The results presented in this study reveal that Bni1p has four localization domains and they contribute cumulatively to Bni1p's function in polarized growth and spindle orientation. It is surprising that so many independent localization domains exist in one protein. However, multiple N-terminal localization domains seem to be a common property of yeast formin proteins, as Bnr1p has two separate localization domains, encompassing residues 1–466, and 466–733 (Gao et al., 2010 ). These findings could suggest that the cell needs very careful and intimate control of Bni1p to coordinate its localization, and hence cable assembly, with all the other events going on at sites of growth. The strict regulation of formin proteins could be common for higher organisms, as they often possess multiple formin isoforms (Higgs, 2005 ). Alternatively, the many localization domains may be used under other growth conditions, for example, during shmooing, or during the highly polarized growth that occurs during filamentous growth. The finding of four distinct localization domains implies that four different mechanisms may be involved in localizing Bni1p. Identifying these mechanisms is the next critical step in this analysis.
The strains used in this study are listed in Table 3. All strains were generated in the S288C strain background derived from the deletion consortium (Brachmann et al., 1998 ). Standard media and techniques for growing and transforming yeast were used (Sherman, 1991 ). The plasmids used in this study are listed in Table 4. Bni1p N-terminal overexpression plasmids were made using the pRS316 GAL1-10 vector pHL012 (Liu et al., 1992 ) and different Bni1p regions inserted into the BamHI and MluI restriction sites. GFP was appended using the MluI and NotI sites. To express the different Bni1p constructs, the relevant strains were first grown overnight in 5 ml SC-URA media containing 2% raffinose to an OD600 of 0.4, and then 0.5 ml of 20% galactose was added to the media and growth continued for 3–4 h. Growth assays were performed using 1:10 dilutions.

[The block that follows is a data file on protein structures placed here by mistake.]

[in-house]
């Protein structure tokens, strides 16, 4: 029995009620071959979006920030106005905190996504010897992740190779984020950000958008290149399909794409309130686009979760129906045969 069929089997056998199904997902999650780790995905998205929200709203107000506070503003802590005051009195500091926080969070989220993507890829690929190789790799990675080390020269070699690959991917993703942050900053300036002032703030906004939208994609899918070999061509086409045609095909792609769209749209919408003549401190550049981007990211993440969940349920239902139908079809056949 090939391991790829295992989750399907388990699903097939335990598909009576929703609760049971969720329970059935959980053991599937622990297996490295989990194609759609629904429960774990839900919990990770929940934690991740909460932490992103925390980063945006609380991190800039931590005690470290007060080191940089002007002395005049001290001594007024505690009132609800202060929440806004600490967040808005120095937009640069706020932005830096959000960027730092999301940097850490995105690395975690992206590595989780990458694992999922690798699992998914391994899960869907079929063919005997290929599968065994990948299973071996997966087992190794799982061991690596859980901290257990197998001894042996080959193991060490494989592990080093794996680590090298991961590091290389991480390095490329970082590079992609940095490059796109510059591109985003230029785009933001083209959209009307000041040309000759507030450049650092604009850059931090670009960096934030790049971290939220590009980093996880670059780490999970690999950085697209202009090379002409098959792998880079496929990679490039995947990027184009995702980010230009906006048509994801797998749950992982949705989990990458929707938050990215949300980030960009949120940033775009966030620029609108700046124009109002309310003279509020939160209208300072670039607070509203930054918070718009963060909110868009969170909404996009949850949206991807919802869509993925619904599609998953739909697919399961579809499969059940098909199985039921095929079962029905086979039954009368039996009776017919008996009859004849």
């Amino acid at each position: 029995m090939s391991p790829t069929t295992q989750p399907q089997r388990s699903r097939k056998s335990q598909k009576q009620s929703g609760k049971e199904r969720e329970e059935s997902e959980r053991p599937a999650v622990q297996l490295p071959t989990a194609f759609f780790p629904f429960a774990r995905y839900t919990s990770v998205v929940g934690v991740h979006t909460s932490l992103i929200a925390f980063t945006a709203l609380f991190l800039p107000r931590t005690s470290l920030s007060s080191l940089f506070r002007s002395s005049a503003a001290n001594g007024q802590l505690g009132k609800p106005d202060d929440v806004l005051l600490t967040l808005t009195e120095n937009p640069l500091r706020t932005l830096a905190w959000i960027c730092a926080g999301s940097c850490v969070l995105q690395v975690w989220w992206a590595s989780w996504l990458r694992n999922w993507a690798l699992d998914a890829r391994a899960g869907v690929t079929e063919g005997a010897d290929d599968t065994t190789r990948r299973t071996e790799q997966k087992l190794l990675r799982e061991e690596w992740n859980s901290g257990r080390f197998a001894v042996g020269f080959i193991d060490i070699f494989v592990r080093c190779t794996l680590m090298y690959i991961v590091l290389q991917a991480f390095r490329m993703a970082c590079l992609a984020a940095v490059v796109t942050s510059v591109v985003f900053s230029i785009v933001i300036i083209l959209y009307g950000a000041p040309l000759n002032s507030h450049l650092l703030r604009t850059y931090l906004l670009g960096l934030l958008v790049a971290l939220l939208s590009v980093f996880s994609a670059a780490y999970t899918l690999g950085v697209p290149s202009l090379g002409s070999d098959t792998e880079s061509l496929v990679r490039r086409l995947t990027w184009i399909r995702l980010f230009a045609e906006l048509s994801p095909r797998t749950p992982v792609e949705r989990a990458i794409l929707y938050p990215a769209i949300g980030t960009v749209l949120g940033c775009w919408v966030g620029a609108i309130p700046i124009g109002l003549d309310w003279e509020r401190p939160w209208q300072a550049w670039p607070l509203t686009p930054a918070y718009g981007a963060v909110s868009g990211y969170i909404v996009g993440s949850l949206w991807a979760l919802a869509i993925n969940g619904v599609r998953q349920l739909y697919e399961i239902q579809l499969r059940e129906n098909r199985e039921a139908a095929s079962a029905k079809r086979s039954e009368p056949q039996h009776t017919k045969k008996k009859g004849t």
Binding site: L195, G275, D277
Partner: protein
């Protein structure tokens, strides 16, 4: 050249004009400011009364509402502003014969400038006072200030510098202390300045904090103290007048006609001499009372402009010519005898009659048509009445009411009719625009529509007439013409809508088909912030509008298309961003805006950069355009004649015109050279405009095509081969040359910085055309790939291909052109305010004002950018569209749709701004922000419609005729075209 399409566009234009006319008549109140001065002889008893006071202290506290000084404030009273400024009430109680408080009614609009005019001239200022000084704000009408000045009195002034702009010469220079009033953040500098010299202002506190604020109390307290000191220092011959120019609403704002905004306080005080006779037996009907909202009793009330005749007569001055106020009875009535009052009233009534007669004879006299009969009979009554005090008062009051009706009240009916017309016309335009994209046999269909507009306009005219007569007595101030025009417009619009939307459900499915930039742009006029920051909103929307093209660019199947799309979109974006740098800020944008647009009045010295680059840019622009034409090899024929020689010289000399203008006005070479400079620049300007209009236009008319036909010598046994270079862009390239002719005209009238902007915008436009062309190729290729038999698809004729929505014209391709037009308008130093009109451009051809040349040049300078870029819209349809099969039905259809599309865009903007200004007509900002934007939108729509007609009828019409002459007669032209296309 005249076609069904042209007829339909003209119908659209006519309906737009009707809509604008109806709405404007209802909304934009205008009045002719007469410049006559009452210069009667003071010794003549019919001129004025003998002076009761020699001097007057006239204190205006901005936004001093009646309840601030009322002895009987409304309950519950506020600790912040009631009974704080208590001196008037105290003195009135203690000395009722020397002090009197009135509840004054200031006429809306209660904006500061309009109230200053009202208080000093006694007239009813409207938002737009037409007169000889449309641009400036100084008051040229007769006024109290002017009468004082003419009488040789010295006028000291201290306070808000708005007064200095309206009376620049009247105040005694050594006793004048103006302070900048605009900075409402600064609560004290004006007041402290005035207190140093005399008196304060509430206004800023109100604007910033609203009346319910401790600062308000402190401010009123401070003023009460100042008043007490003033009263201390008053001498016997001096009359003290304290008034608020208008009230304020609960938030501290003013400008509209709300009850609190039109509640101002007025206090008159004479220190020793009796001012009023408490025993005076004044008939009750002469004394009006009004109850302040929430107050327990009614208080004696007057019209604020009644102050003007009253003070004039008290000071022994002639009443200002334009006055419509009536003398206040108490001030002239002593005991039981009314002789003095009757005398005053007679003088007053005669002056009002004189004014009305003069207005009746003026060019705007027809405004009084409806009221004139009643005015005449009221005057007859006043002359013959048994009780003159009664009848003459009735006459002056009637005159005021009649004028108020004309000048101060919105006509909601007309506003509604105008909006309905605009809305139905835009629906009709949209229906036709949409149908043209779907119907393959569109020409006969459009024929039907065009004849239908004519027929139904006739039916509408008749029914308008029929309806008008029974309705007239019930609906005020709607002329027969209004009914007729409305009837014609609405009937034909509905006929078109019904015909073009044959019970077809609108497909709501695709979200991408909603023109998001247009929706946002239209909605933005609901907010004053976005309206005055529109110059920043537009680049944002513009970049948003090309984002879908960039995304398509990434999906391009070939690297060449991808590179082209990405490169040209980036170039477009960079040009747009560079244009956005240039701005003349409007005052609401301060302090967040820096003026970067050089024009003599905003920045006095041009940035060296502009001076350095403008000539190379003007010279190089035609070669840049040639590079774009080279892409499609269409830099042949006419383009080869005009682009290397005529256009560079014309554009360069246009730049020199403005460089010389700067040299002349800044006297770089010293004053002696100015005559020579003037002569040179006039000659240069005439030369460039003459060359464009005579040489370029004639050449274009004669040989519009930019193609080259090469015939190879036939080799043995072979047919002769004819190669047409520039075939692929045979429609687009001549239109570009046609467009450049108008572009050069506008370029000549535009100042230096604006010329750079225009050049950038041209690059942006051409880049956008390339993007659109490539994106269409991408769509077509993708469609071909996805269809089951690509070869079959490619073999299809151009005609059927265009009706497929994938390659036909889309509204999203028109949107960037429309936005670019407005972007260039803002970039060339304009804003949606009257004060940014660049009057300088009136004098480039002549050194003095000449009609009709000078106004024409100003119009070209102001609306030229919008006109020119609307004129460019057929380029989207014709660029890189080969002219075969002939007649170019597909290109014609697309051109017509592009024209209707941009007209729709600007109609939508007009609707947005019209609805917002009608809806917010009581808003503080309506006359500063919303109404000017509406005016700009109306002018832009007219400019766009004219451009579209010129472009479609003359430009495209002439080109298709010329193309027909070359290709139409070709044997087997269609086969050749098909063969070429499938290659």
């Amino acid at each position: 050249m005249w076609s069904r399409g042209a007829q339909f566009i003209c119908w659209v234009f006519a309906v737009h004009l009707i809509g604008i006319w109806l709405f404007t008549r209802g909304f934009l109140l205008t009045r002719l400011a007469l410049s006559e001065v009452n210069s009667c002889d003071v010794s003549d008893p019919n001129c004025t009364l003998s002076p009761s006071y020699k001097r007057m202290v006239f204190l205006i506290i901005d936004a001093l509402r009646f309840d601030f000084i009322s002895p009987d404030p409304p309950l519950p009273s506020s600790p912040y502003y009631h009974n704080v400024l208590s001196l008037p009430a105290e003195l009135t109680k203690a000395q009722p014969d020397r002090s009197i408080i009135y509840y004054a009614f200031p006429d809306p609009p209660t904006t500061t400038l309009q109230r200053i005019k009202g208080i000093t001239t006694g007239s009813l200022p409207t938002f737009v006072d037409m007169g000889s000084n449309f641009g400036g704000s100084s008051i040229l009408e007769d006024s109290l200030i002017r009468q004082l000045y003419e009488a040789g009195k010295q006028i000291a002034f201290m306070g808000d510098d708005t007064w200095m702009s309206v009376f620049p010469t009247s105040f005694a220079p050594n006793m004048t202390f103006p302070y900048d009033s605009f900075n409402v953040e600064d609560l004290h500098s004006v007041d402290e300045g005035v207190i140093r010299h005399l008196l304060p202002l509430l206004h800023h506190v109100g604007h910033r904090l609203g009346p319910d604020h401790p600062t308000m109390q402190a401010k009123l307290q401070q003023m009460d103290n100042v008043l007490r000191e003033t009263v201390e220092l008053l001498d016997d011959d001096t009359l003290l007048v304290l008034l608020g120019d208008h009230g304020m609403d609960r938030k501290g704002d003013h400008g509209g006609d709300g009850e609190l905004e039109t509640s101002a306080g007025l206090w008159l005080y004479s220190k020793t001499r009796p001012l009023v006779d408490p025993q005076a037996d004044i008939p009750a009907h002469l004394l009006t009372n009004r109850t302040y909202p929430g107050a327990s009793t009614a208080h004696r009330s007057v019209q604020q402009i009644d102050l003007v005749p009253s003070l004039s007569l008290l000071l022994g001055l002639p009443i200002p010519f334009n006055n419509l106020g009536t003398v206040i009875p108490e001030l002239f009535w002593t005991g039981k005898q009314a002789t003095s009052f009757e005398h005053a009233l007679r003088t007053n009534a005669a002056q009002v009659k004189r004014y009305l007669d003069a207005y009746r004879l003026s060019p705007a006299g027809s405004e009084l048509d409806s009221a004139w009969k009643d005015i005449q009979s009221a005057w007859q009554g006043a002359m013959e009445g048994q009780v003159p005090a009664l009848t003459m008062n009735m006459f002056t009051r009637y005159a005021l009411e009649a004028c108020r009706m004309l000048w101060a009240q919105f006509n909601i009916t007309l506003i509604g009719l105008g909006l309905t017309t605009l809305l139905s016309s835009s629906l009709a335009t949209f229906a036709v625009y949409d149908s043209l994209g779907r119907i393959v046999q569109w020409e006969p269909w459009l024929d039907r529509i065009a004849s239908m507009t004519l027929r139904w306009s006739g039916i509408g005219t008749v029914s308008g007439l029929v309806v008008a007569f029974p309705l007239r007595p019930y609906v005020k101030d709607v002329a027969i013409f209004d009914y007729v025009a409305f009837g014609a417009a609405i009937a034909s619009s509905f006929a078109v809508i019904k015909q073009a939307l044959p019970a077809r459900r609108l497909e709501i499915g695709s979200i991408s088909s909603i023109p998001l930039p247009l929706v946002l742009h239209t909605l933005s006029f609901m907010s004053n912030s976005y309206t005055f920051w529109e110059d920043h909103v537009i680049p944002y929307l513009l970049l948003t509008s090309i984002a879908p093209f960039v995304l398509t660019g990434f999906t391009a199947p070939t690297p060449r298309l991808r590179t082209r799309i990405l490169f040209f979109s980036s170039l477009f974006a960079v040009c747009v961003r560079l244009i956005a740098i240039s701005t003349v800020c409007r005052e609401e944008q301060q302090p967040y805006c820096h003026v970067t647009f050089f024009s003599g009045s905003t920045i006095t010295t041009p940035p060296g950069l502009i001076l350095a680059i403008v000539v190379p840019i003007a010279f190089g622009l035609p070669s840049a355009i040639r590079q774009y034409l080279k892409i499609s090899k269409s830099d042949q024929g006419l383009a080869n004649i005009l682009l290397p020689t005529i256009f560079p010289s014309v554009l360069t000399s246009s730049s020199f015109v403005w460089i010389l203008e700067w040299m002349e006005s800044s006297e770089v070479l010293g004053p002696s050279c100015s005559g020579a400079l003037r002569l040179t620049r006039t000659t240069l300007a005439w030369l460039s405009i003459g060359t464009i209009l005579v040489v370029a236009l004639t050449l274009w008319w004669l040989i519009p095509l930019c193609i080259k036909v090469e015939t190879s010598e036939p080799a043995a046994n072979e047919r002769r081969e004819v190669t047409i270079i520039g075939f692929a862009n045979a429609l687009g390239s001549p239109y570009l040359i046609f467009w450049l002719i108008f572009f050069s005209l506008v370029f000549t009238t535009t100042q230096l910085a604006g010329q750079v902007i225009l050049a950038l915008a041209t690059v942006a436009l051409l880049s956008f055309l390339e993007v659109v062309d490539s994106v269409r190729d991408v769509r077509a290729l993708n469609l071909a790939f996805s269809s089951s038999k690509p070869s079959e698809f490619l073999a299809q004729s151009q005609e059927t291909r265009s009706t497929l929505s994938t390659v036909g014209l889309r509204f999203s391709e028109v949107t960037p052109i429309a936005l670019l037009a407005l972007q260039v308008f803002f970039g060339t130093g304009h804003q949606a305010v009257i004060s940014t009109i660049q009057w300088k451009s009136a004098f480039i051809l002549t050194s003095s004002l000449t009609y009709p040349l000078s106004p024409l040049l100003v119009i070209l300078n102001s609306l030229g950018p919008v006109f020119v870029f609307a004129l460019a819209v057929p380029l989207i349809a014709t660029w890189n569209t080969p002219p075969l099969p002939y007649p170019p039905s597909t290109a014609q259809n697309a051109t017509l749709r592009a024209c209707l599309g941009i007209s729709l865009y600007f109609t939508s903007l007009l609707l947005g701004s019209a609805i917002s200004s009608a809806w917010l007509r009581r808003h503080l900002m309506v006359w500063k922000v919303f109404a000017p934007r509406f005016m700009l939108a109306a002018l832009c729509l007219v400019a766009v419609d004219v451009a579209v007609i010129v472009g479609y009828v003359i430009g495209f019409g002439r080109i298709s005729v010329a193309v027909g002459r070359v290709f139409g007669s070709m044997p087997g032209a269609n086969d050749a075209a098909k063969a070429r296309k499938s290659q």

To make Bni1 internal deletion integration plasmids, 481 base pairs of the Bni1p promoter region with the first 79 amino acids of BNI1 (flanked by BamHI and MluI) were ligated with different C-terminal regions of BNI1 (flanked by MluI and NotI) and then ligated with −693 to −480 base pairs of the BNI1 promoter region (flanked by NotI and PacI) into the vector pRS305. The Bni1p internal deletion integration plasmids were then cut with NotI and transformed into appropriate strains to get the integrated BNI1 internal deletions.